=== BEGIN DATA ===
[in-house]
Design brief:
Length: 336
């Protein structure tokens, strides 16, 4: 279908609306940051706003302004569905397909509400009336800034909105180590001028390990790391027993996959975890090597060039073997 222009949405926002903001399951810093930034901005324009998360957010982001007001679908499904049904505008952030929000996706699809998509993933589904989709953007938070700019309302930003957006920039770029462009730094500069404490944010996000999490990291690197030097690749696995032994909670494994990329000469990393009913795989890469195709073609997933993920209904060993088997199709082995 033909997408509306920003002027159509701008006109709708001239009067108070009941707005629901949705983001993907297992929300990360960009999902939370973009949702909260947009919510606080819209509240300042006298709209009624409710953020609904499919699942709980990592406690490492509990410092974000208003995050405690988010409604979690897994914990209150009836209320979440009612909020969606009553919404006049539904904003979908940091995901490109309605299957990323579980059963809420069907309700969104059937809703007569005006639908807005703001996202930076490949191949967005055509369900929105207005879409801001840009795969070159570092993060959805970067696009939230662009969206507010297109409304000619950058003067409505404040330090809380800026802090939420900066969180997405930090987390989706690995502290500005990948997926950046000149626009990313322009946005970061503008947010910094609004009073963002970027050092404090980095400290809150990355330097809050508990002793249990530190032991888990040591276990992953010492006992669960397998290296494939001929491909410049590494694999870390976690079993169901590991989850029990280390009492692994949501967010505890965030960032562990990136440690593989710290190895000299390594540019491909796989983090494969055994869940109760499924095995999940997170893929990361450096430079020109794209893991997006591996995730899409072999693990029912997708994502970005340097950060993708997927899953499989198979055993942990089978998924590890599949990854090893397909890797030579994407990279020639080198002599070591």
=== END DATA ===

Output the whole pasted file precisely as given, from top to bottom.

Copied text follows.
[in-house]
Design brief:
Length: 336
């Protein structure tokens, strides 16, 4: 279908609306940051706003302004569905397909509400009336800034909105180590001028390990790391027993996959975890090597060039073997 222009949405926002903001399951810093930034901005324009998360957010982001007001679908499904049904505008952030929000996706699809998509993933589904989709953007938070700019309302930003957006920039770029462009730094500069404490944010996000999490990291690197030097690749696995032994909670494994990329000469990393009913795989890469195709073609997933993920209904060993088997199709082995 033909997408509306920003002027159509701008006109709708001239009067108070009941707005629901949705983001993907297992929300990360960009999902939370973009949702909260947009919510606080819209509240300042006298709209009624409710953020609904499919699942709980990592406690490492509990410092974000208003995050405690988010409604979690897994914990209150009836209320979440009612909020969606009553919404006049539904904003979908940091995901490109309605299957990323579980059963809420069907309700969104059937809703007569005006639908807005703001996202930076490949191949967005055509369900929105207005879409801001840009795969070159570092993060959805970067696009939230662009969206507010297109409304000619950058003067409505404040330090809380800026802090939420900066969180997405930090987390989706690995502290500005990948997926950046000149626009990313322009946005970061503008947010910094609004009073963002970027050092404090980095400290809150990355330097809050508990002793249990530190032991888990040591276990992953010492006992669960397998290296494939001929491909410049590494694999870390976690079993169901590991989850029990280390009492692994949501967010505890965030960032562990990136440690593989710290190895000299390594540019491909796989983090494969055994869940109760499924095995999940997170893929990361450096430079020109794209893991997006591996995730899409072999693990029912997708994502970005340097950060993708997927899953499989198979055993942990089978998924590890599949990854090893397909890797030579994407990279020639080198002599070591």